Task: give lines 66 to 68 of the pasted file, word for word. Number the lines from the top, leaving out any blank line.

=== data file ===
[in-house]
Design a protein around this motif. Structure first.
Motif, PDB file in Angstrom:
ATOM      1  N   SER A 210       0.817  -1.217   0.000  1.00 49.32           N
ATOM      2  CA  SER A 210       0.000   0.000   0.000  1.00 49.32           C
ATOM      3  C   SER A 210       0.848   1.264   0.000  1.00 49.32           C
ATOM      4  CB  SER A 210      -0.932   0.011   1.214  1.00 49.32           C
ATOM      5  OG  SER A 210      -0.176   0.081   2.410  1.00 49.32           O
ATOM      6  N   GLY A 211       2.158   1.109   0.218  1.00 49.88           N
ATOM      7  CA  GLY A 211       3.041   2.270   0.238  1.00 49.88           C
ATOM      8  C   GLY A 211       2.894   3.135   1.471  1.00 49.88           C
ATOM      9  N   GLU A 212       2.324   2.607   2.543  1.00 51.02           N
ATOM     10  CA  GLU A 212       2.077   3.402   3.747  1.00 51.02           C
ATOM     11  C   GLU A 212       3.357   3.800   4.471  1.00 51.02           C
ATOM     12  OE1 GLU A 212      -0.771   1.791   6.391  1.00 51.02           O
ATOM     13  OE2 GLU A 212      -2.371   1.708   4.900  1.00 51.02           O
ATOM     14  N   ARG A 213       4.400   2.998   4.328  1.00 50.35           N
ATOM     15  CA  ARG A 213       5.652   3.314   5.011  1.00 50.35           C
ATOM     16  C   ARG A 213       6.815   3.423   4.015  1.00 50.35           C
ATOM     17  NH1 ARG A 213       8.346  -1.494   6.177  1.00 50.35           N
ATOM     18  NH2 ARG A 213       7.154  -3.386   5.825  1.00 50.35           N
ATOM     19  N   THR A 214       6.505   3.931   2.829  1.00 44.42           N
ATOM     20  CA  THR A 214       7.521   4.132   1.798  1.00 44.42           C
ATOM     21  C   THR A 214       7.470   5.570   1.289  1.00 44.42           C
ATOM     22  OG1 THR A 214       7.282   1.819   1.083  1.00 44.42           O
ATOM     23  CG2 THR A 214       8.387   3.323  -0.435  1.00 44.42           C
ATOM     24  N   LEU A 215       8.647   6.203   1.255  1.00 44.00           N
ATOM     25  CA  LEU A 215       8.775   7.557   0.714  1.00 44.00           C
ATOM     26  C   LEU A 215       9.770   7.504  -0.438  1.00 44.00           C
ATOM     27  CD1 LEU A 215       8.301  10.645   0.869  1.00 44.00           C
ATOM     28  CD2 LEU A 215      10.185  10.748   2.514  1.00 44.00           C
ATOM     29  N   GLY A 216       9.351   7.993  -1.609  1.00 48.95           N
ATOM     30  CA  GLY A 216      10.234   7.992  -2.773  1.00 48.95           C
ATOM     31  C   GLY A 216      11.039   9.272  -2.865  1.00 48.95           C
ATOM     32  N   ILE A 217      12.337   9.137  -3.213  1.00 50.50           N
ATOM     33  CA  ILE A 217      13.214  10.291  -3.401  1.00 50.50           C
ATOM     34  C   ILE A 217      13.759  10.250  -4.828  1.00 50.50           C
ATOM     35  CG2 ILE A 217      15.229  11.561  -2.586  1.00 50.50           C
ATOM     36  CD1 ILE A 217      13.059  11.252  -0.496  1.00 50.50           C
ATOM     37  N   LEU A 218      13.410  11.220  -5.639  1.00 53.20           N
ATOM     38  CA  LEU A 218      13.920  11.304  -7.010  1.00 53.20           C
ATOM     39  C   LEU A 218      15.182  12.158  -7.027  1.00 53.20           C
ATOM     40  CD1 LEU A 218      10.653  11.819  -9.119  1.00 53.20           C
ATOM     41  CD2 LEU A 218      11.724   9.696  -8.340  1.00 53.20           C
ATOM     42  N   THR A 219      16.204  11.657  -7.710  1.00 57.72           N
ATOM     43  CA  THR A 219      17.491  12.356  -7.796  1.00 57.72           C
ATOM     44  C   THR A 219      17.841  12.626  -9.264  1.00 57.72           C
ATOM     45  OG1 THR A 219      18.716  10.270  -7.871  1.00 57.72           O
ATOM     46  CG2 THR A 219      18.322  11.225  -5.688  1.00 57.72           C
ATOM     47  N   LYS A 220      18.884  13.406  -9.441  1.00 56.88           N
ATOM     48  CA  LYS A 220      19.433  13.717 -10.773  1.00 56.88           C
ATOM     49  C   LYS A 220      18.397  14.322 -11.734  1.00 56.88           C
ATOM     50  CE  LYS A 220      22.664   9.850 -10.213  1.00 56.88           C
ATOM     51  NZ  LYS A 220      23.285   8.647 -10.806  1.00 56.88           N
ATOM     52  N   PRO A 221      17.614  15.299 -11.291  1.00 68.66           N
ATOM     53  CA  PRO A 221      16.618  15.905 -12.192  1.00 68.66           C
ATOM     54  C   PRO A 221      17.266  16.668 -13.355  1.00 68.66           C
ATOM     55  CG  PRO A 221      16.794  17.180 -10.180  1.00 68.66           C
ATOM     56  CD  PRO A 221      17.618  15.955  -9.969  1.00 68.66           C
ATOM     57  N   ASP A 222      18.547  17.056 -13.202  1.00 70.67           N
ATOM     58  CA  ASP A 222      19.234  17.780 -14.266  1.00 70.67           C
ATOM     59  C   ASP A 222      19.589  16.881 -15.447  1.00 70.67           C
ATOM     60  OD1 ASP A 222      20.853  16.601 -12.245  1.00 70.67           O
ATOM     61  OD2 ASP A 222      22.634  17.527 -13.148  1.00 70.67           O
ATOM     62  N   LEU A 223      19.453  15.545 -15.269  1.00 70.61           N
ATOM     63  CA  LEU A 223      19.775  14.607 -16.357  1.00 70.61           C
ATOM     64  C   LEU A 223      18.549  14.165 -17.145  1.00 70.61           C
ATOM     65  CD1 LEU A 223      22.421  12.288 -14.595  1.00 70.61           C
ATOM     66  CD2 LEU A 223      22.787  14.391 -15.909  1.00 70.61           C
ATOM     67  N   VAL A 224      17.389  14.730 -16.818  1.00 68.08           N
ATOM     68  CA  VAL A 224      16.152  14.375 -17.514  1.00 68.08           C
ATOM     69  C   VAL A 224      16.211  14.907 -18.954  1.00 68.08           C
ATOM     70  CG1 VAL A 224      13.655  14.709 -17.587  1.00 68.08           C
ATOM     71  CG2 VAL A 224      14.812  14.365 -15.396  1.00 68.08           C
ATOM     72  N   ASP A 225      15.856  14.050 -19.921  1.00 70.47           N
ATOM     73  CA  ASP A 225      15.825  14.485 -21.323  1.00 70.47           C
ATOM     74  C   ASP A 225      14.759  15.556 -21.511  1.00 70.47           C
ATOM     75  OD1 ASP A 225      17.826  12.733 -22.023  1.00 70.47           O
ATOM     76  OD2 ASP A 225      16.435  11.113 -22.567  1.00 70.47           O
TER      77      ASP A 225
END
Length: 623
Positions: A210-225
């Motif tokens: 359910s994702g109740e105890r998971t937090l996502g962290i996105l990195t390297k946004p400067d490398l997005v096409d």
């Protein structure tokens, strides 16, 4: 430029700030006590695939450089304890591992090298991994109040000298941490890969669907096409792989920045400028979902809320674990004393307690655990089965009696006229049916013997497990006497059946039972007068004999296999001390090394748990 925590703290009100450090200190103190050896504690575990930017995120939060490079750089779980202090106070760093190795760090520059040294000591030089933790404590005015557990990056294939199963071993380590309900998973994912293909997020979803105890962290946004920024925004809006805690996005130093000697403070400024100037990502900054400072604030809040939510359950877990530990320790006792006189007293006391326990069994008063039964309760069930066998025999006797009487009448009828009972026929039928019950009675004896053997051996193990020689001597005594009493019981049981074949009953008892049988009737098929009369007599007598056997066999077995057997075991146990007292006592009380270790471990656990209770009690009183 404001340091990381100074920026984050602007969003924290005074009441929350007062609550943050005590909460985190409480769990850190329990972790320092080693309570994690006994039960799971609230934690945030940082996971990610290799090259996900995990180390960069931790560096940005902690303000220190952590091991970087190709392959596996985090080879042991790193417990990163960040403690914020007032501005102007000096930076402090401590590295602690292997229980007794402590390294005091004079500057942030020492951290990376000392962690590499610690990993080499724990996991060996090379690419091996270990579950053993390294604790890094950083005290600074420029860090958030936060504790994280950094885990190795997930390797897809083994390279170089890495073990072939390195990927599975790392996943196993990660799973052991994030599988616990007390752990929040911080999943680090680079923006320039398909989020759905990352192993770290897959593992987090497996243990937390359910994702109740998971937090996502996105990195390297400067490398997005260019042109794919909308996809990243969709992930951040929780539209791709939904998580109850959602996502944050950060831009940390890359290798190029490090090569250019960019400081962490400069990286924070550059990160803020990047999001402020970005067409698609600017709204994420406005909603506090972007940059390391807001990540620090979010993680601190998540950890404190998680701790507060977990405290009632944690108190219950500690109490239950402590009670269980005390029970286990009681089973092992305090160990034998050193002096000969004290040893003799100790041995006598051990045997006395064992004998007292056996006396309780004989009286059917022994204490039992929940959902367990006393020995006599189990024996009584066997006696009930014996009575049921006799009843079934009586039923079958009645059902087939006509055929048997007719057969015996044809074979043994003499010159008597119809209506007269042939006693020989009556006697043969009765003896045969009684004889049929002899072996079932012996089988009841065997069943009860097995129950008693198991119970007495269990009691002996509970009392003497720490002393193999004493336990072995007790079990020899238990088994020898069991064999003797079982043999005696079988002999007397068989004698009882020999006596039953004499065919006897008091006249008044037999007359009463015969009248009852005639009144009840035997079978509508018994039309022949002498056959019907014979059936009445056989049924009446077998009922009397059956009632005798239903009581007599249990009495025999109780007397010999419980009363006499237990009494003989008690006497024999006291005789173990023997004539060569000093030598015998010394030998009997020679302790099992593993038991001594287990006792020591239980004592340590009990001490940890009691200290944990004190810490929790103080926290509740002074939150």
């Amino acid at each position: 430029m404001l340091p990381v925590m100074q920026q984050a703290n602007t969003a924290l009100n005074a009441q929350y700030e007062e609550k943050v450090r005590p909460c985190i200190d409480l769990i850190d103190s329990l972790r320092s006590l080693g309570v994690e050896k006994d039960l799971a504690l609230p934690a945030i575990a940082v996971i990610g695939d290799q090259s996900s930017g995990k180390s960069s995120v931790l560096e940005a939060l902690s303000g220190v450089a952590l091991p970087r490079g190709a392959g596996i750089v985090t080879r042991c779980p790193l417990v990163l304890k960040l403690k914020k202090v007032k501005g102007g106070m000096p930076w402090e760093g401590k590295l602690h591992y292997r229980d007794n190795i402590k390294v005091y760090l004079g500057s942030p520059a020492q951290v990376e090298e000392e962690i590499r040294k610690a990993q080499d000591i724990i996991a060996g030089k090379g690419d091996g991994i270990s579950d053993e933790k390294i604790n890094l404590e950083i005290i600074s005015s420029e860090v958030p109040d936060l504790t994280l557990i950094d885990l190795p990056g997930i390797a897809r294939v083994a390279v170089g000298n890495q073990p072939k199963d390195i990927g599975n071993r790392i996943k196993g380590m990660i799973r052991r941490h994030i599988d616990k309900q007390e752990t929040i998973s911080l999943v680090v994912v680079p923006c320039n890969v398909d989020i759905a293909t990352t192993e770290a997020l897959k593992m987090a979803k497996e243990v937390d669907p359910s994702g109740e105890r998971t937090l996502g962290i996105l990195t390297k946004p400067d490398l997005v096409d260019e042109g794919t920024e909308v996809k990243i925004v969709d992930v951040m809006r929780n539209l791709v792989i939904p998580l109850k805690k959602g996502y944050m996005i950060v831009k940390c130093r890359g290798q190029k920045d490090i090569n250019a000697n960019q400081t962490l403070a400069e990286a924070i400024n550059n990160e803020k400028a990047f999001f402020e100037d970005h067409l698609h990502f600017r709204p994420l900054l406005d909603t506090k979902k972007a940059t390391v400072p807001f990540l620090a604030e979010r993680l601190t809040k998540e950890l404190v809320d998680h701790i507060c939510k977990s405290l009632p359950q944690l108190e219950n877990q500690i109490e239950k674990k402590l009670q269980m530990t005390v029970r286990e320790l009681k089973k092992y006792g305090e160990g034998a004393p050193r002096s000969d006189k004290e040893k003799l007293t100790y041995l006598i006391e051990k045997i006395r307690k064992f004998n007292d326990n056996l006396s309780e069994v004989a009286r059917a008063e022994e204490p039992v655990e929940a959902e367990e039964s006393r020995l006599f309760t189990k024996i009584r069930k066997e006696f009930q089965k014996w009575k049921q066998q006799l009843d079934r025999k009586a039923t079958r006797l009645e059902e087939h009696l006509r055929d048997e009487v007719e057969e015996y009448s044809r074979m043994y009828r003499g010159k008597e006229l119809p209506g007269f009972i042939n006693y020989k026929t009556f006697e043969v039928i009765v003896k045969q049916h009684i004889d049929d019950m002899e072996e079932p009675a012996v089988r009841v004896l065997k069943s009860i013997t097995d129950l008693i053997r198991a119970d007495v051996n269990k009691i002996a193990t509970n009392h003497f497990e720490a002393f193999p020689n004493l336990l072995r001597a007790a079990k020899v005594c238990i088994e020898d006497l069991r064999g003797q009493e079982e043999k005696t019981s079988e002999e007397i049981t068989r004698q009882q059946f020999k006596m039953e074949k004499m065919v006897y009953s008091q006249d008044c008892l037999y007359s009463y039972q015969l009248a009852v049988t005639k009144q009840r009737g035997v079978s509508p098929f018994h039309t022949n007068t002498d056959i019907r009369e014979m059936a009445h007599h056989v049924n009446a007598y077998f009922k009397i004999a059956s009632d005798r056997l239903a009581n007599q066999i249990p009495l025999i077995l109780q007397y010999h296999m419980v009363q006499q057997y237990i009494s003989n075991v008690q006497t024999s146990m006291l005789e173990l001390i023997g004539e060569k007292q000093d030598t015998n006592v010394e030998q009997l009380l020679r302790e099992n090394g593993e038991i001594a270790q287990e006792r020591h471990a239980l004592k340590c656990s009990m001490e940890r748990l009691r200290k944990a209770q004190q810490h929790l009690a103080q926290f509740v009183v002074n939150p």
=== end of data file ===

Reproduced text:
ATOM     63  CA  LEU A 223      19.775  14.607 -16.357  1.00 70.61           C
ATOM     64  C   LEU A 223      18.549  14.165 -17.145  1.00 70.61           C
ATOM     65  CD1 LEU A 223      22.421  12.288 -14.595  1.00 70.61           C